P Hay Hunter


A WEEL, as I wis sayin, the minister gied it oot that he wis gaun to preach an extrae sermon aboot the hairst, an we aa leukit forrat til't, for he wis aye by-ordinar grand on thae occasions. Me an the minister's cuist oot, as ye ken: but for aa that, ye'll no hear me finnd ony faut wi his preachin. Faur frae't, I'll allou that I ne'er sat under ane I likit better--I coudna weel say less, for I haed a guid haun mysel in the pittin o him in.

I daursay ye'll ha heard tell hoo that wis? Ye see, there were twa candidates on the short leet for the Pairish o Snawdon--baith birkies new aff the airns, for we haed made up oor minds, richt or wrang, (an hoo faur wrang it wis we fand belyve) , that we wad hae a young, veegorous man for the place. The first ane that preached wis a lang, lout-shouthered callant they caad Gillespie; he haed braw certeeficates frae aa the Embro professors, an they said his heid wis juist pang fou o lair. He did no that ill i' the poupit, aither, but the folk werena muckle taen wi him, aa the mair whan a souch got aboot that he wis the laird's man. This ane said he haed a squaeky vice, an that ane said he haed a mant, an the tither ane that he clippit his wirds; an An'ra Wabster objeckit to him because he haed a gowd ring on his pinkie an his hair shed doon the middle.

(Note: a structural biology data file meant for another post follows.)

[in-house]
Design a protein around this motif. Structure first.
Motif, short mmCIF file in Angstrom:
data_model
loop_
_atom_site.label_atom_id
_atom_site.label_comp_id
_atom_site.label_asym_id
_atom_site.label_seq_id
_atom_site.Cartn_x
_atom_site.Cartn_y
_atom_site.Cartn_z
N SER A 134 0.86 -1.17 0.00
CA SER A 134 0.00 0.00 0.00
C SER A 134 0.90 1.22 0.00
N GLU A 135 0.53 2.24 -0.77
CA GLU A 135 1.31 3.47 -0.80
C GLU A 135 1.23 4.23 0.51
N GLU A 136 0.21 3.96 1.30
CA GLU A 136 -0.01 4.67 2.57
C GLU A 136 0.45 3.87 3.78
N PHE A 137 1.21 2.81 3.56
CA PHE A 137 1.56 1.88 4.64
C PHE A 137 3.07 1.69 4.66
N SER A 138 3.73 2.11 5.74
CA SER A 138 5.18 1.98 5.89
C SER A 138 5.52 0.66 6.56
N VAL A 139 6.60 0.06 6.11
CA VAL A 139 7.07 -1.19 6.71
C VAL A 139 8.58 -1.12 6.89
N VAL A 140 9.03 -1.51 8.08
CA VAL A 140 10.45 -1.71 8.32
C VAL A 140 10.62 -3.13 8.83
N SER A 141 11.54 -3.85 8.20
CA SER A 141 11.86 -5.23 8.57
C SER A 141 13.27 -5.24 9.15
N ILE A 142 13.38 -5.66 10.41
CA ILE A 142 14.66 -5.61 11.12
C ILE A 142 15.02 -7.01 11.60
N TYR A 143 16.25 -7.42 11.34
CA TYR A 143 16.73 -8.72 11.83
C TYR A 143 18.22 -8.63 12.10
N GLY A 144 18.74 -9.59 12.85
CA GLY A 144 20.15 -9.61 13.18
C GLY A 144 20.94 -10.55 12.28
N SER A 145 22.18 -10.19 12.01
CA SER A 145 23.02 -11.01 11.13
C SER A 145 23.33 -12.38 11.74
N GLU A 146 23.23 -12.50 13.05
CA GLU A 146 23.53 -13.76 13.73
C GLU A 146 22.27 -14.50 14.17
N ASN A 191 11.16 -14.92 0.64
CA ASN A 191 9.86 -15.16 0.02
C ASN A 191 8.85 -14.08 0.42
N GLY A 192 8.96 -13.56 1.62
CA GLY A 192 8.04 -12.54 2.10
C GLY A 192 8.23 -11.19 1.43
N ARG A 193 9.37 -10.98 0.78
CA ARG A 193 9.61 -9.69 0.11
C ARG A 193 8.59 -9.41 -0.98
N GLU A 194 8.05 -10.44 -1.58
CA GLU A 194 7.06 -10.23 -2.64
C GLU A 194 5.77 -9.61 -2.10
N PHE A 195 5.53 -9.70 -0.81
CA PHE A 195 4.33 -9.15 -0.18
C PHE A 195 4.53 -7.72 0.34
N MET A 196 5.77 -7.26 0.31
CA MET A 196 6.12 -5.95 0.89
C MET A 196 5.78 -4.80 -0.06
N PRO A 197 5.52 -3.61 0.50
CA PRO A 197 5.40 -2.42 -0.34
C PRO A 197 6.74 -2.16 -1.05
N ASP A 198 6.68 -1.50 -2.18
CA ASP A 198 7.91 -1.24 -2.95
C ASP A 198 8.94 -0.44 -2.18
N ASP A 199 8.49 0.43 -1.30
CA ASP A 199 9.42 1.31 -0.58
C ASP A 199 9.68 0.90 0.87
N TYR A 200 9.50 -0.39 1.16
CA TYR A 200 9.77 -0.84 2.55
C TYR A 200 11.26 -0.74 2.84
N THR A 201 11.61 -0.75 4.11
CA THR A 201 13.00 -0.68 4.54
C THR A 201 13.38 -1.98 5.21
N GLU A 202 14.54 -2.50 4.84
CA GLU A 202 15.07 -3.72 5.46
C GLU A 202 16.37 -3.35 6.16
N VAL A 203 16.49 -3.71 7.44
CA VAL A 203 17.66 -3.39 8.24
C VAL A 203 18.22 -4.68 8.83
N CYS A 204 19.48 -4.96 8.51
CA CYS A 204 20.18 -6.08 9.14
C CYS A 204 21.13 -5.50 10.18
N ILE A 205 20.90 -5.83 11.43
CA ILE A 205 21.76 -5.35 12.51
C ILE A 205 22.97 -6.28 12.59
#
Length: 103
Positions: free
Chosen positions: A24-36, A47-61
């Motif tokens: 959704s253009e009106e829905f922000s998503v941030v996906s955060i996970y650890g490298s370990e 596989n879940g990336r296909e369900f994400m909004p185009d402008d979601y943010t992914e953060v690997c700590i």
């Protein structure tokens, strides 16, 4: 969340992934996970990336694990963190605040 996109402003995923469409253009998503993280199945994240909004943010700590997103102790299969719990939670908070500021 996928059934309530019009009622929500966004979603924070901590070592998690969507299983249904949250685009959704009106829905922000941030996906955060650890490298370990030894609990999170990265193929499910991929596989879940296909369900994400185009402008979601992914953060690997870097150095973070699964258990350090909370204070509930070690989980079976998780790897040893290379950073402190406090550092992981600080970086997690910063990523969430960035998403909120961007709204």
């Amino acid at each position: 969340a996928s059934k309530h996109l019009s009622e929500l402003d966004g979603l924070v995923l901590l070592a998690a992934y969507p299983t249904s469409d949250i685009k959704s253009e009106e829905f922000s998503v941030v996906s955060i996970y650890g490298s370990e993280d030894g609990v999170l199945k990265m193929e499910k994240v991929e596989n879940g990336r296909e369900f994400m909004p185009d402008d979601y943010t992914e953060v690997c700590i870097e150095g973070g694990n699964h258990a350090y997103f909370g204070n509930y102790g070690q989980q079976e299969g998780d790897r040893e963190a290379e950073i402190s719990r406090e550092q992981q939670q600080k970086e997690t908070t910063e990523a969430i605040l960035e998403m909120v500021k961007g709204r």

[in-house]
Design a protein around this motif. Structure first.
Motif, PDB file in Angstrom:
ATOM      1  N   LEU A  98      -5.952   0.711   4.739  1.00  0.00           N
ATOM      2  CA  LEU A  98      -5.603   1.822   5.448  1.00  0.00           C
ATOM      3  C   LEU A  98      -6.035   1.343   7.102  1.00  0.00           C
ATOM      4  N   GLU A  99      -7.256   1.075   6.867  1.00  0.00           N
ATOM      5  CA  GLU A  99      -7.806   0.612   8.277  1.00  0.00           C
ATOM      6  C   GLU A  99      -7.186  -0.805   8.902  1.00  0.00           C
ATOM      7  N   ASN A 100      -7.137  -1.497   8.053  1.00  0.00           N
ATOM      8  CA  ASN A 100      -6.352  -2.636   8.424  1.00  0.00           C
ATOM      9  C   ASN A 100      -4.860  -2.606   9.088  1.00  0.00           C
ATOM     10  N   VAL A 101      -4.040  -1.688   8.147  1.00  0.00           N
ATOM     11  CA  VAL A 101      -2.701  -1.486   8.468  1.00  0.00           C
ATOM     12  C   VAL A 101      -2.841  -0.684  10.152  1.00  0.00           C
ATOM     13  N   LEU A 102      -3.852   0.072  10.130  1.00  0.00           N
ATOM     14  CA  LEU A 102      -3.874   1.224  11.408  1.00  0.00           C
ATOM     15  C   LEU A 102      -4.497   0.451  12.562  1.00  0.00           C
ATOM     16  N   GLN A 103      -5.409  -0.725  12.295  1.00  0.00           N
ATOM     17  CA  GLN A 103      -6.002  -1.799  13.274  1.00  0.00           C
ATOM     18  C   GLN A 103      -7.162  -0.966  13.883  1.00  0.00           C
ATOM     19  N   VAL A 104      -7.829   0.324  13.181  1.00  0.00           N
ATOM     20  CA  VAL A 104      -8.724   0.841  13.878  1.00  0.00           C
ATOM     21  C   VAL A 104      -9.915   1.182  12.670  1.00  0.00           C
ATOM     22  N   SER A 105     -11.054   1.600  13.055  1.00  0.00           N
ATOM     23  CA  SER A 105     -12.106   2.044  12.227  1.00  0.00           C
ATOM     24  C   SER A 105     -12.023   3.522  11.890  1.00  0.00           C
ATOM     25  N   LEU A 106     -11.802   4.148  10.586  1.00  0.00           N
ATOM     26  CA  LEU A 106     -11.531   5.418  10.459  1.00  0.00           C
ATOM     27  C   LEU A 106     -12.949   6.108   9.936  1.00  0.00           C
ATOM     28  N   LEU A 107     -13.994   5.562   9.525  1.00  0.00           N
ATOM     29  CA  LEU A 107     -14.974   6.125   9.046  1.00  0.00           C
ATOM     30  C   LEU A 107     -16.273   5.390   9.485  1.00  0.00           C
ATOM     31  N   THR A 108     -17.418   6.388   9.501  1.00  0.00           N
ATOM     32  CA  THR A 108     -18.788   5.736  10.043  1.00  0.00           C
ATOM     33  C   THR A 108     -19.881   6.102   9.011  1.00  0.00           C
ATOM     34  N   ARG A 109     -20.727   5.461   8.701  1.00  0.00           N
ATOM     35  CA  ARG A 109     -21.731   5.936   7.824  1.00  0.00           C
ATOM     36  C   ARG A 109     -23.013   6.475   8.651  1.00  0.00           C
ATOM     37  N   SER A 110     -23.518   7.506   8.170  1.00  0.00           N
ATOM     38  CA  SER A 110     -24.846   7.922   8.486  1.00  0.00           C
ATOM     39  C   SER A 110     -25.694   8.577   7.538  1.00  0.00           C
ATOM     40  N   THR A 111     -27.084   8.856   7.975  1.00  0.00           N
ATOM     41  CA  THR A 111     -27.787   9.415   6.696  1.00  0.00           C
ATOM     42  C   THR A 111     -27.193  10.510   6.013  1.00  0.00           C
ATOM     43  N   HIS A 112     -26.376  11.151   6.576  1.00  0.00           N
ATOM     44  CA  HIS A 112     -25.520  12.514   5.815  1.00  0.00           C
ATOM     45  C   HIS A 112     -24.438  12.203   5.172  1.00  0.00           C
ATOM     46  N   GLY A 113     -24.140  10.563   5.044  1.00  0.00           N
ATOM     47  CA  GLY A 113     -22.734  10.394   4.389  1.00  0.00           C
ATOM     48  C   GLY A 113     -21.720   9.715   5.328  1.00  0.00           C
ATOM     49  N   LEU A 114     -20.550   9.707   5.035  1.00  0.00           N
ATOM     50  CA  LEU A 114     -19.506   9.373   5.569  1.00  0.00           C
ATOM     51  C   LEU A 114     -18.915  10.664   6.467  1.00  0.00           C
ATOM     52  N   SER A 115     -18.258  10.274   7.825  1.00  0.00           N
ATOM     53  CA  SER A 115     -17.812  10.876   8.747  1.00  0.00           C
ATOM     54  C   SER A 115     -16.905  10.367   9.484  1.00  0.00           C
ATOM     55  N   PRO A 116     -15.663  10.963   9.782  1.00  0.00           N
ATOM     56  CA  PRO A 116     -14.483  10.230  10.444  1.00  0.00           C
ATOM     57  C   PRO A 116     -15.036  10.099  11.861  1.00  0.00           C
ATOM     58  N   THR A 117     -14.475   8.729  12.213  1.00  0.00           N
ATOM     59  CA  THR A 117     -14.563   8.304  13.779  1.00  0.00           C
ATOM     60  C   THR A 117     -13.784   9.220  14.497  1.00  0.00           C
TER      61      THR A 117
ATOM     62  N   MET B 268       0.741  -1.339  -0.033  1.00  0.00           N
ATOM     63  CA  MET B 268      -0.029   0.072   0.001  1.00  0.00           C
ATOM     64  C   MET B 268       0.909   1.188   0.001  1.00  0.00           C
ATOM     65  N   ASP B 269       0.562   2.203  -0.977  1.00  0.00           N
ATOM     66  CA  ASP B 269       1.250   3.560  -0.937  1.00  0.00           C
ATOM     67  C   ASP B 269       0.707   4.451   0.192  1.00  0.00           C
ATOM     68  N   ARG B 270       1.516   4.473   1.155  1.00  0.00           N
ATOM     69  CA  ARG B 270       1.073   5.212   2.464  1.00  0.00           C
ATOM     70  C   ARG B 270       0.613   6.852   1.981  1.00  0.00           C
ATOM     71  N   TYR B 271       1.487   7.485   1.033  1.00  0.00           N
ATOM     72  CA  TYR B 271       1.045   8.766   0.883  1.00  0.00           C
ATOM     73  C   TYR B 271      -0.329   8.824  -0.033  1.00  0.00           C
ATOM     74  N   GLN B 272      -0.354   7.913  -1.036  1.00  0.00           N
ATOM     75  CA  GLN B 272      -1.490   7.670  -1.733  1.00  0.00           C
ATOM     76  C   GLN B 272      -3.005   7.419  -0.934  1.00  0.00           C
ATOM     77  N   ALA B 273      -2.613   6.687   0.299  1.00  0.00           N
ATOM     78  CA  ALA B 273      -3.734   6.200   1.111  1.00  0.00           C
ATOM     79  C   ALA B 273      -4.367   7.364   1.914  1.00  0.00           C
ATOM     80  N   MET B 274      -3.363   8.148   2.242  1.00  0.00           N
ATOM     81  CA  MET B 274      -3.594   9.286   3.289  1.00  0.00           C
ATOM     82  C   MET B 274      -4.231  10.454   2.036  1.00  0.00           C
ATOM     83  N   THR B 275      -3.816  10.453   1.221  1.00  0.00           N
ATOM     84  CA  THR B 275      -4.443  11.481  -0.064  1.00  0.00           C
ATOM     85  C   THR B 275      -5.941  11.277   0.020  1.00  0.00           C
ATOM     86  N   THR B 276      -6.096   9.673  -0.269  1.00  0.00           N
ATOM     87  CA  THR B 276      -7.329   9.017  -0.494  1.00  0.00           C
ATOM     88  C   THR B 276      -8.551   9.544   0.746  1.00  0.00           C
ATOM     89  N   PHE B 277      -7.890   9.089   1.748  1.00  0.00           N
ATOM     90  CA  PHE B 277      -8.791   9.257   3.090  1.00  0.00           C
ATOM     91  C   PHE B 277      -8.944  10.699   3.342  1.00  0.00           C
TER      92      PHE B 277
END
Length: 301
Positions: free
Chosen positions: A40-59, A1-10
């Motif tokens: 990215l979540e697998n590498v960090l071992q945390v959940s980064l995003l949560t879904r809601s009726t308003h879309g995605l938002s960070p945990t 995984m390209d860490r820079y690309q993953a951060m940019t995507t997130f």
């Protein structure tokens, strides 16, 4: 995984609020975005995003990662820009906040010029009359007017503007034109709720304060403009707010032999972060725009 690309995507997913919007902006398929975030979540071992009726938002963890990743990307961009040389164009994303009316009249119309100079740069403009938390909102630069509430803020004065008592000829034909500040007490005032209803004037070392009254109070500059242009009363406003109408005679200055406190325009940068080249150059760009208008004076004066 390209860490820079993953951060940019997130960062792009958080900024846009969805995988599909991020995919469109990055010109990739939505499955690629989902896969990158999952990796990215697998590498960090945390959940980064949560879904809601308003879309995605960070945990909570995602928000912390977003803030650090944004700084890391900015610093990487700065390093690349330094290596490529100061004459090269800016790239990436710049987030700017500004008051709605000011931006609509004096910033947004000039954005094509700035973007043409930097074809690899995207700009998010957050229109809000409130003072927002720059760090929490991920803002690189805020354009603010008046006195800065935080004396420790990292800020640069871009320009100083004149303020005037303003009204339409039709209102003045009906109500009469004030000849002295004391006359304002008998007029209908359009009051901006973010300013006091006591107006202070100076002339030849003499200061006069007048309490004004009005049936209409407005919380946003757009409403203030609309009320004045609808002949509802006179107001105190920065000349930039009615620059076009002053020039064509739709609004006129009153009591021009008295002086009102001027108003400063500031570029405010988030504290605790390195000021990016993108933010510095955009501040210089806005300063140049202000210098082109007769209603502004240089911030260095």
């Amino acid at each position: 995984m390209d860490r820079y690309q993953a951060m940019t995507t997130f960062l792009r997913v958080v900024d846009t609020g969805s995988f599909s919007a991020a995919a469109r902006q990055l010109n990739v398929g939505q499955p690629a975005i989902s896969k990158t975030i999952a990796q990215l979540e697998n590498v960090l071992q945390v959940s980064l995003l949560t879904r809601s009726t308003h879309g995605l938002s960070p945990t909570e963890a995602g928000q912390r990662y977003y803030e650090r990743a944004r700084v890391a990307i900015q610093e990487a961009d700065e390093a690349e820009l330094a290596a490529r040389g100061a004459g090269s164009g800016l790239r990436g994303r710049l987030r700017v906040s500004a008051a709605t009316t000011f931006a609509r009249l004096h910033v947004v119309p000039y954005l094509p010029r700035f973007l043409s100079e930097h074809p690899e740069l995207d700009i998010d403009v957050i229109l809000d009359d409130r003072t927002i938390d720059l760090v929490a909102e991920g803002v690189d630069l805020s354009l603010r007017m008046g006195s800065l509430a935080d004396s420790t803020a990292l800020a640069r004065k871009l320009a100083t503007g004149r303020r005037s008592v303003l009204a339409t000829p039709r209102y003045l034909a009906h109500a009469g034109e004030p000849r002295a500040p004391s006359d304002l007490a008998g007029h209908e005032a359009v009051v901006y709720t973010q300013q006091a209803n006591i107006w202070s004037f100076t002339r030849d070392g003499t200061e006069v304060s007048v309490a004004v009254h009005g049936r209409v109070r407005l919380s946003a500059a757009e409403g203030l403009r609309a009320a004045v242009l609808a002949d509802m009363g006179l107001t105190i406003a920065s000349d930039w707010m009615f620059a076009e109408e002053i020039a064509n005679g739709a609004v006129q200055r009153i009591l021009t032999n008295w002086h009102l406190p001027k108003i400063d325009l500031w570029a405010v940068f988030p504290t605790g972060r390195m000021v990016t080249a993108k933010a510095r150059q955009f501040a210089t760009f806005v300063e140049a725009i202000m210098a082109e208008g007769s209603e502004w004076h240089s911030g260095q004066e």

But whan the tither ane preached--a weel-farrant lad he wis, straucht an souple, wi an ee like a gled's, an a vice ye micht ha heard frae the cairn on the Whaup Law--we aa said, "Yon's oor man."

There wis a wheen o us foregethered ae nicht at Jenny Brockie's--there wis An'ra Wabster, an Robbie Dodds the grieve at Scraemuir, an Tam Arnott the herd at Wedderlairs, an Wullie Herkis, an Dave Daagleish, an Adam Instant the dry-dyker, an Jock Sives the mole-catcher, an Dan Preacher the miller's man, an mysel, an ane or twa mair. We suin got started on the crack aboot the candidates, an it wis easy seen hoo the thing wad gang gin the puir folk haed their wey.

"Gillespie'll no dae," says Robbie Dodds; "he mey gang doun wi the gentry, but he'll no gang doun wi us. They're aye threepin that he's a terrible grand scholard, but I thocht yon he gied us wis gey fushionless stuff."

"I canna awa wi yon hiech English o his," says Dan Preacher.

"He's a puir, poukit-like cratur," says Tam Arnott; "I got a glisk o him gaun doun the street efter the kirk skailled, an, man, his shanks are nae stooter nor my rung. A waif o wind wad blaw him ower."